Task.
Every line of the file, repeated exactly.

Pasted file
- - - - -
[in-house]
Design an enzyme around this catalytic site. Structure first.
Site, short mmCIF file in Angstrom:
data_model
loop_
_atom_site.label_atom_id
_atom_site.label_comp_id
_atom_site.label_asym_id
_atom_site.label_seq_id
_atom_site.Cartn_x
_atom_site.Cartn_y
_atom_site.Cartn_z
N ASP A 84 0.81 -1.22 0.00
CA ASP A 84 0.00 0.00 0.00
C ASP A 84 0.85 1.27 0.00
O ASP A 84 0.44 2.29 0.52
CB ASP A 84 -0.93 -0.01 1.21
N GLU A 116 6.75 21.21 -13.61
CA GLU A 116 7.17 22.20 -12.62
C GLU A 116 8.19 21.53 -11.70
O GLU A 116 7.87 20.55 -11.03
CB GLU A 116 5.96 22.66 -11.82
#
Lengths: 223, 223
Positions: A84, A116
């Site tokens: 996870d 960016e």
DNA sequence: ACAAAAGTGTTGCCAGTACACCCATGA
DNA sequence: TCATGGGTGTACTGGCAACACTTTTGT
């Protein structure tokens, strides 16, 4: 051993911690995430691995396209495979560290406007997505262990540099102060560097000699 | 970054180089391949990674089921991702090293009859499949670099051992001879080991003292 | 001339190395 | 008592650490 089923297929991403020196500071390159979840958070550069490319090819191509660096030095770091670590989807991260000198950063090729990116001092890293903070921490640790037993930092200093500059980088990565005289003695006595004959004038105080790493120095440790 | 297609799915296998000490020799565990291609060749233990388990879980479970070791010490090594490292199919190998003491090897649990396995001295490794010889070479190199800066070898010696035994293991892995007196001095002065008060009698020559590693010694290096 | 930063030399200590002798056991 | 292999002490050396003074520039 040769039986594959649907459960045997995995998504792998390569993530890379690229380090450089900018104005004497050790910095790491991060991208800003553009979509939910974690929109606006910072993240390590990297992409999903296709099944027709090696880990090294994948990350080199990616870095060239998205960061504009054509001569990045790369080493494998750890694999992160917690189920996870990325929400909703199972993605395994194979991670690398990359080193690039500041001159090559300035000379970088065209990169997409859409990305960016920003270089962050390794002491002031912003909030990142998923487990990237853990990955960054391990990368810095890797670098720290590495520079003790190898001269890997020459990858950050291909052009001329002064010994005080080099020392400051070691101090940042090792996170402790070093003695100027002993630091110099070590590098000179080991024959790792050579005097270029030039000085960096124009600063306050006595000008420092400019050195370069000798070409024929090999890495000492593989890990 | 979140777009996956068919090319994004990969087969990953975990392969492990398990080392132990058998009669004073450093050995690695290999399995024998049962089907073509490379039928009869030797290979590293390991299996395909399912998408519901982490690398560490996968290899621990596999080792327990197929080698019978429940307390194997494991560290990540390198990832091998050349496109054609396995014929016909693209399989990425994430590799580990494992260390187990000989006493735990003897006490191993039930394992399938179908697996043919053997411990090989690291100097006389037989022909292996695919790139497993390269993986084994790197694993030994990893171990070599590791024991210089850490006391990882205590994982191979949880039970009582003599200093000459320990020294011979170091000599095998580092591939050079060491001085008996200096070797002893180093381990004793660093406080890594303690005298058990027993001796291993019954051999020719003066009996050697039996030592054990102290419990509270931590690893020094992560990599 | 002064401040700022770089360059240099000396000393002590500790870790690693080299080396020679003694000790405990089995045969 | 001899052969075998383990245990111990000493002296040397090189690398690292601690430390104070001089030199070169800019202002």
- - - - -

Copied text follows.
[in-house]
Design an enzyme around this catalytic site. Structure first.
Site, short mmCIF file in Angstrom:
data_model
loop_
_atom_site.label_atom_id
_atom_site.label_comp_id
_atom_site.label_asym_id
_atom_site.label_seq_id
_atom_site.Cartn_x
_atom_site.Cartn_y
_atom_site.Cartn_z
N ASP A 84 0.81 -1.22 0.00
CA ASP A 84 0.00 0.00 0.00
C ASP A 84 0.85 1.27 0.00
O ASP A 84 0.44 2.29 0.52
CB ASP A 84 -0.93 -0.01 1.21
N GLU A 116 6.75 21.21 -13.61
CA GLU A 116 7.17 22.20 -12.62
C GLU A 116 8.19 21.53 -11.70
O GLU A 116 7.87 20.55 -11.03
CB GLU A 116 5.96 22.66 -11.82
#
Lengths: 223, 223
Positions: A84, A116
């Site tokens: 996870d 960016e």
DNA sequence: ACAAAAGTGTTGCCAGTACACCCATGA
DNA sequence: TCATGGGTGTACTGGCAACACTTTTGT
């Protein structure tokens, strides 16, 4: 051993911690995430691995396209495979560290406007997505262990540099102060560097000699 | 970054180089391949990674089921991702090293009859499949670099051992001879080991003292 | 001339190395 | 008592650490 089923297929991403020196500071390159979840958070550069490319090819191509660096030095770091670590989807991260000198950063090729990116001092890293903070921490640790037993930092200093500059980088990565005289003695006595004959004038105080790493120095440790 | 297609799915296998000490020799565990291609060749233990388990879980479970070791010490090594490292199919190998003491090897649990396995001295490794010889070479190199800066070898010696035994293991892995007196001095002065008060009698020559590693010694290096 | 930063030399200590002798056991 | 292999002490050396003074520039 040769039986594959649907459960045997995995998504792998390569993530890379690229380090450089900018104005004497050790910095790491991060991208800003553009979509939910974690929109606006910072993240390590990297992409999903296709099944027709090696880990090294994948990350080199990616870095060239998205960061504009054509001569990045790369080493494998750890694999992160917690189920996870990325929400909703199972993605395994194979991670690398990359080193690039500041001159090559300035000379970088065209990169997409859409990305960016920003270089962050390794002491002031912003909030990142998923487990990237853990990955960054391990990368810095890797670098720290590495520079003790190898001269890997020459990858950050291909052009001329002064010994005080080099020392400051070691101090940042090792996170402790070093003695100027002993630091110099070590590098000179080991024959790792050579005097270029030039000085960096124009600063306050006595000008420092400019050195370069000798070409024929090999890495000492593989890990 | 979140777009996956068919090319994004990969087969990953975990392969492990398990080392132990058998009669004073450093050995690695290999399995024998049962089907073509490379039928009869030797290979590293390991299996395909399912998408519901982490690398560490996968290899621990596999080792327990197929080698019978429940307390194997494991560290990540390198990832091998050349496109054609396995014929016909693209399989990425994430590799580990494992260390187990000989006493735990003897006490191993039930394992399938179908697996043919053997411990090989690291100097006389037989022909292996695919790139497993390269993986084994790197694993030994990893171990070599590791024991210089850490006391990882205590994982191979949880039970009582003599200093000459320990020294011979170091000599095998580092591939050079060491001085008996200096070797002893180093381990004793660093406080890594303690005298058990027993001796291993019954051999020719003066009996050697039996030592054990102290419990509270931590690893020094992560990599 | 002064401040700022770089360059240099000396000393002590500790870790690693080299080396020679003694000790405990089995045969 | 001899052969075998383990245990111990000493002296040397090189690398690292601690430390104070001089030199070169800019202002």